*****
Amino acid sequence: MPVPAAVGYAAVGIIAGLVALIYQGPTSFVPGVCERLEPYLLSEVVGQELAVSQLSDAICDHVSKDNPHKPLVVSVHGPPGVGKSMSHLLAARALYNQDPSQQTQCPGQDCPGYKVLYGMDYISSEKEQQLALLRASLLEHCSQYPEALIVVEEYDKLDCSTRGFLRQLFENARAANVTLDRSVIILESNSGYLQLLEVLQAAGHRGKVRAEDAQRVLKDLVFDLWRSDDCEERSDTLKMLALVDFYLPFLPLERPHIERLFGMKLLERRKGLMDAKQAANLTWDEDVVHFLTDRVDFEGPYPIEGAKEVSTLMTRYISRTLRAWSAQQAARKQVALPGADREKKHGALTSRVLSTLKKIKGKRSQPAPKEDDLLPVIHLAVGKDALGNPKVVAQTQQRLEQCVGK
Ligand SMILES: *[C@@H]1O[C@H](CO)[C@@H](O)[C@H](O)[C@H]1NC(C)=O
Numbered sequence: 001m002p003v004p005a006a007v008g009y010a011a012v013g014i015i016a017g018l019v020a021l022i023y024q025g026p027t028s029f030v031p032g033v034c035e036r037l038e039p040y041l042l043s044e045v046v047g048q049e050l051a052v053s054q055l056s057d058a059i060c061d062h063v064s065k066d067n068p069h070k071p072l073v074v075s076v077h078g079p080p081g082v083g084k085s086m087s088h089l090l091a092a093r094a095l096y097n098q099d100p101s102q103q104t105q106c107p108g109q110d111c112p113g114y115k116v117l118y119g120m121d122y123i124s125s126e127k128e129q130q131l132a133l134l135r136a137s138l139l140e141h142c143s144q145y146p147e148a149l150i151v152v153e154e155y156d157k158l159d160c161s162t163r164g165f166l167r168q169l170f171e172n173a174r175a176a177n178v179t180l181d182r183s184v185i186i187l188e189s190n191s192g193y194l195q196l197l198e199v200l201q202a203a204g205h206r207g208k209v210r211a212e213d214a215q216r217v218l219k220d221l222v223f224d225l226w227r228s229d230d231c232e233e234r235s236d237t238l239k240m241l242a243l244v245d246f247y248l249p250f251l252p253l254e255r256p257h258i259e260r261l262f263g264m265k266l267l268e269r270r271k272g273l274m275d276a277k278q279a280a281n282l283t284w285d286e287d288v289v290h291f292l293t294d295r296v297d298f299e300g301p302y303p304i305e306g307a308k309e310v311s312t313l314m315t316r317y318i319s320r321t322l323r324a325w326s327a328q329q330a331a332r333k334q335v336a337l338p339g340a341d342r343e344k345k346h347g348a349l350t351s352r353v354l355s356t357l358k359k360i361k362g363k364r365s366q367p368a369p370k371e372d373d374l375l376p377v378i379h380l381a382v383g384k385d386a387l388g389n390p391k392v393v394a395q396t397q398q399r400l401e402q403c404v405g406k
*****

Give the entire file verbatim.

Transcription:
Amino acid sequence: MPVPAAVGYAAVGIIAGLVALIYQGPTSFVPGVCERLEPYLLSEVVGQELAVSQLSDAICDHVSKDNPHKPLVVSVHGPPGVGKSMSHLLAARALYNQDPSQQTQCPGQDCPGYKVLYGMDYISSEKEQQLALLRASLLEHCSQYPEALIVVEEYDKLDCSTRGFLRQLFENARAANVTLDRSVIILESNSGYLQLLEVLQAAGHRGKVRAEDAQRVLKDLVFDLWRSDDCEERSDTLKMLALVDFYLPFLPLERPHIERLFGMKLLERRKGLMDAKQAANLTWDEDVVHFLTDRVDFEGPYPIEGAKEVSTLMTRYISRTLRAWSAQQAARKQVALPGADREKKHGALTSRVLSTLKKIKGKRSQPAPKEDDLLPVIHLAVGKDALGNPKVVAQTQQRLEQCVGK
Ligand SMILES: *[C@@H]1O[C@H](CO)[C@@H](O)[C@H](O)[C@H]1NC(C)=O
Numbered sequence: 001m002p003v004p005a006a007v008g009y010a011a012v013g014i015i016a017g018l019v020a021l022i023y024q025g026p027t028s029f030v031p032g033v034c035e036r037l038e039p040y041l042l043s044e045v046v047g048q049e050l051a052v053s054q055l056s057d058a059i060c061d062h063v064s065k066d067n068p069h070k071p072l073v074v075s076v077h078g079p080p081g082v083g084k085s086m087s088h089l090l091a092a093r094a095l096y097n098q099d100p101s102q103q104t105q106c107p108g109q110d111c112p113g114y115k116v117l118y119g120m121d122y123i124s125s126e127k128e129q130q131l132a133l134l135r136a137s138l139l140e141h142c143s144q145y146p147e148a149l150i151v152v153e154e155y156d157k158l159d160c161s162t163r164g165f166l167r168q169l170f171e172n173a174r175a176a177n178v179t180l181d182r183s184v185i186i187l188e189s190n191s192g193y194l195q196l197l198e199v200l201q202a203a204g205h206r207g208k209v210r211a212e213d214a215q216r217v218l219k220d221l222v223f224d225l226w227r228s229d230d231c232e233e234r235s236d237t238l239k240m241l242a243l244v245d246f247y248l249p250f251l252p253l254e255r256p257h258i259e260r261l262f263g264m265k266l267l268e269r270r271k272g273l274m275d276a277k278q279a280a281n282l283t284w285d286e287d288v289v290h291f292l293t294d295r296v297d298f299e300g301p302y303p304i305e306g307a308k309e310v311s312t313l314m315t316r317y318i319s320r321t322l323r324a325w326s327a328q329q330a331a332r333k334q335v336a337l338p339g340a341d342r343e344k345k346h347g348a349l350t351s352r353v354l355s356t357l358k359k360i361k362g363k364r365s366q367p368a369p370k371e372d373d374l375l376p377v378i379h380l381a382v383g384k385d386a387l388g389n390p391k392v393v394a395q396t397q398q399r400l401e402q403c404v405g406k